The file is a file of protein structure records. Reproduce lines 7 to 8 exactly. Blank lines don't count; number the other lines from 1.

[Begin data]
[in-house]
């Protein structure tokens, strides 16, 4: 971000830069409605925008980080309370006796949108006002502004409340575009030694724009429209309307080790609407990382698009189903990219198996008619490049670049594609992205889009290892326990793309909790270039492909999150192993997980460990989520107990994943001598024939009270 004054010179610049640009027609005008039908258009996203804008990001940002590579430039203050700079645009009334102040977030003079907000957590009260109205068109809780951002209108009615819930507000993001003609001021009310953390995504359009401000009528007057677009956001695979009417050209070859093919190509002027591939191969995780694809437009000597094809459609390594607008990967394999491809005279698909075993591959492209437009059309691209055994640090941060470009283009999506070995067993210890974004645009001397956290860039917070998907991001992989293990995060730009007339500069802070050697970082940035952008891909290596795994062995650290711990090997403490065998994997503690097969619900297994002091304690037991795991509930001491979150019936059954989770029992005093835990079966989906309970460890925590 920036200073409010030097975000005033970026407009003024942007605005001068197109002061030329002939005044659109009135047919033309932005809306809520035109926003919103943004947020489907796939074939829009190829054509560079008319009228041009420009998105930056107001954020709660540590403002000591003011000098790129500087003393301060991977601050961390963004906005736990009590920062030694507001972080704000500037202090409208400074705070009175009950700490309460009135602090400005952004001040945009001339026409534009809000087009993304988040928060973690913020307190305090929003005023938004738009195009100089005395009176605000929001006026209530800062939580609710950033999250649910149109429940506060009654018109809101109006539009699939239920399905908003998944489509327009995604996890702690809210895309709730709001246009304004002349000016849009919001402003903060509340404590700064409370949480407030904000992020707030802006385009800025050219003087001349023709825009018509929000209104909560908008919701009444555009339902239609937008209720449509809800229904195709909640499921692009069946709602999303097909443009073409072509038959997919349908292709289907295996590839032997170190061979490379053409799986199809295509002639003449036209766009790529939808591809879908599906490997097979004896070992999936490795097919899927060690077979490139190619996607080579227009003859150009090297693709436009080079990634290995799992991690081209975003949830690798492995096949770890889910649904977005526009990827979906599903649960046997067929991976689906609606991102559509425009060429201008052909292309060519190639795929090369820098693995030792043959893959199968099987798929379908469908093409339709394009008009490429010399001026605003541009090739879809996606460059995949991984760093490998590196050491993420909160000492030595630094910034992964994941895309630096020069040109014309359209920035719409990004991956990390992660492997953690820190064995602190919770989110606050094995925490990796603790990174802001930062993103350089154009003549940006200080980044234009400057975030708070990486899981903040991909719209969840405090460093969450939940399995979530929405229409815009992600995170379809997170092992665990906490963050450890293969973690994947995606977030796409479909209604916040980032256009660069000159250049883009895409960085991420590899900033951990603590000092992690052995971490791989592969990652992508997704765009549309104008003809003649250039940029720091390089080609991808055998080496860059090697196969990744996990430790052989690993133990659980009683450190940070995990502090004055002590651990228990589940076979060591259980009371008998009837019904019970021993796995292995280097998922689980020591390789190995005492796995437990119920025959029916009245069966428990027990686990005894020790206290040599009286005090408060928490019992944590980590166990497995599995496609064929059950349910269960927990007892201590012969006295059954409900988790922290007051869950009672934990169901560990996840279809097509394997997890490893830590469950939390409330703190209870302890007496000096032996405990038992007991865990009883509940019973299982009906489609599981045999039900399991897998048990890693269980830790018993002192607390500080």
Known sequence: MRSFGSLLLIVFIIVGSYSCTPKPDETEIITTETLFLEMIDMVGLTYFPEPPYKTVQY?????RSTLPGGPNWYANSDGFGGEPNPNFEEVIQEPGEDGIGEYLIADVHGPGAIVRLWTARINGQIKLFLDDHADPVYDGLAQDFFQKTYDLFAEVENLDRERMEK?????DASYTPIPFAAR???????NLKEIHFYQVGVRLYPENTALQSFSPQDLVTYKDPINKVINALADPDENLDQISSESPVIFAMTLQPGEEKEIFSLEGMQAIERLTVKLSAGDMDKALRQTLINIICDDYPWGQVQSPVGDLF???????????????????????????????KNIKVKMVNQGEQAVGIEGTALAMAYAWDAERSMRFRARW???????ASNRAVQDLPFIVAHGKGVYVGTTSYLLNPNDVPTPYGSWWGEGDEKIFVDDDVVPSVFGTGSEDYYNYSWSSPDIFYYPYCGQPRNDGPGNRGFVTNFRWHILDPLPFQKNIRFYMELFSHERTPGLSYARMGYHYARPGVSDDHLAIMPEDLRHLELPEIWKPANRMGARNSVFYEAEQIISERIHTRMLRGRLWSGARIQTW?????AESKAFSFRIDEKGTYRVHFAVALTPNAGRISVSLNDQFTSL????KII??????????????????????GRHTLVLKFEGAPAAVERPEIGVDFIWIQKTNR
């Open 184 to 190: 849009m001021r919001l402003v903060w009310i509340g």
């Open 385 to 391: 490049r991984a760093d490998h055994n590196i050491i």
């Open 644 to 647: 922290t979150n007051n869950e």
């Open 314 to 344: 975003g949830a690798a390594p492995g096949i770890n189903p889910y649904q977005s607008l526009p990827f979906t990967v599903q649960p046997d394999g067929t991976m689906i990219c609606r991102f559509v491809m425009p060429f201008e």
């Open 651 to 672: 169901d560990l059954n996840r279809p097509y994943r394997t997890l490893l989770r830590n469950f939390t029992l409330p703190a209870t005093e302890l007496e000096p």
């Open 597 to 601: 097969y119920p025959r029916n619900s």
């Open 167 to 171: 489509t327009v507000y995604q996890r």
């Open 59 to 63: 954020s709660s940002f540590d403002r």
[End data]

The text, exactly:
């Open 314 to 344: 975003g949830a690798a390594p492995g096949i770890n189903p889910y649904q977005s607008l526009p990827f979906t990967v599903q649960p046997d394999g067929t991976m689906i990219c609606r991102f559509v491809m425009p060429f201008e």
């Open 651 to 672: 169901d560990l059954n996840r279809p097509y994943r394997t997890l490893l989770r830590n469950f939390t029992l409330p703190a209870t005093e302890l007496e000096p």